5V relays are used to control the fan and light bulb. These relays  can be switched on and off using the native output of the Arduino – no amplification required.

 

The entire control module could fit onto the arduino using a prototyping shield called the makershield. I programmed the arduino to control the relays and sense the temperature through the thermistor, then wrote some code to allow the machine to cycle through the three designated temperatures for the PCR reaction.

The machine cycles quickly – a standard 1KB run takes less than 2 1/2 hours to complete. I am in the process of testing the machine using PCR reagents, but given Mr. Blais’s success in the 2002 model I am confident it will work.

Instead of buying a thermal cycler for your lab, I encourage you to go out and build your own machine! This entire system took about $50 (+ a computer to program it) and less than 5 manhours to construct.

My arduino code and more details about the machine to help get you started are available RusselDurret.com.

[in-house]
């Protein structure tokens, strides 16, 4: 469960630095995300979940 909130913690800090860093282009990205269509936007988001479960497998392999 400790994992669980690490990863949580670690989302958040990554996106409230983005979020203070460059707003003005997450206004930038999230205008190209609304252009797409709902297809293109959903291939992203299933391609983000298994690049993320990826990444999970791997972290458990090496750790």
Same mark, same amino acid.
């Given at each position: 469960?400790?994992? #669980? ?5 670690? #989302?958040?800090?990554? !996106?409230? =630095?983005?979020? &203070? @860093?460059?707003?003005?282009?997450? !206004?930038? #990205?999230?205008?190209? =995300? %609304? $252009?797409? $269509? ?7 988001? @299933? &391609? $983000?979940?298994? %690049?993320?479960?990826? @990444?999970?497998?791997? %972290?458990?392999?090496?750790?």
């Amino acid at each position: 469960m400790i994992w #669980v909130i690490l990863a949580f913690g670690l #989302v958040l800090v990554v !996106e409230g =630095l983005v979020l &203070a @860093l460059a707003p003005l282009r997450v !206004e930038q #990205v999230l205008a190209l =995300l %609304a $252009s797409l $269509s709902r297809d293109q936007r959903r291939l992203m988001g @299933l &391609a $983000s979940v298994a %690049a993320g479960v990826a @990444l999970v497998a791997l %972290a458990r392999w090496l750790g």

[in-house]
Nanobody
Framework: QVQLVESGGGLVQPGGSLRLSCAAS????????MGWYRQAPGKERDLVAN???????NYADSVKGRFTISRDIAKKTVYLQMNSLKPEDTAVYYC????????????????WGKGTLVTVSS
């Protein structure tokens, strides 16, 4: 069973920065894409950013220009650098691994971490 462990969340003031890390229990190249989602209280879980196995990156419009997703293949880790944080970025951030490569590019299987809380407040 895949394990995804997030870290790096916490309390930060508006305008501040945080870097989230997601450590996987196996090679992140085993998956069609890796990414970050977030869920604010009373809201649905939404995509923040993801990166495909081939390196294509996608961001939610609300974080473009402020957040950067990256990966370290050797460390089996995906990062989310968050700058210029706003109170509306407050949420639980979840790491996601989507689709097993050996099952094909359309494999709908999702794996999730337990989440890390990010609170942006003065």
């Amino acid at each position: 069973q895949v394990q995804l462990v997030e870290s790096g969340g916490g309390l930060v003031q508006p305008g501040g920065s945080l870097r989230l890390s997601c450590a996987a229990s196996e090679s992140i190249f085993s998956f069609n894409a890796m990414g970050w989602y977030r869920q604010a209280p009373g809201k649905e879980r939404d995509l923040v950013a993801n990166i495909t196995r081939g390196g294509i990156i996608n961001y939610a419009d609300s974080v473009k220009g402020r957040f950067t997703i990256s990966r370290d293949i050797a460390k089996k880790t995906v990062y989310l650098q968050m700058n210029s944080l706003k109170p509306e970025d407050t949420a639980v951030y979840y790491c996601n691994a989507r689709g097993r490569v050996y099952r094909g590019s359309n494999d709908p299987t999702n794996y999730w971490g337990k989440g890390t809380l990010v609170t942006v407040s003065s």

Russell Durrett is a Research Specialist in Bioinformatics and Genetic Engineering in the Mason lab at Weill-Cornell Medical College and is a cofounder of GenSpace NYC, the world’s first community biology lab.

You can find this article and many more in Issue 01 of Citizen Science Quarterly

Open Wide – a case for open source medicine (pt1)

All that may come to my knowledge in the exercise of my profession or in daily commerce with men, which ought not to be spread abroad, I will keep secret and will never reveal. – Hippocratic Oath

Medicine is full of secrets. I should know, since I’m a doctor.

While some philosophers will argue that there is no such thing as ‘good’ and ‘bad,’ our own personal system of values usually classifies everything relative to those two concepts.

Even secrets.

It sounds fairly simple, right? Good and bad are complete opposites, so the thing under consideration is either one or the other.

Medicine deals with human beings and their humanity; with all its complex systematic social interactions. Anyone would agree that keeping a patient’s medical history secret is a good thing.

What happens if a married patient contracts a sexually transmitted disease because he has been sleeping around? Telling his wife about it could potentially destroy his marriage. Suddenly the simple secret becomes a complicated burden. Ethics committees would like you to think that there is only one correct answer, and lawyers know that there is only one answer that will keep you out of court. To actually be thrust into the middle of such a situation is not a pleasant task at all.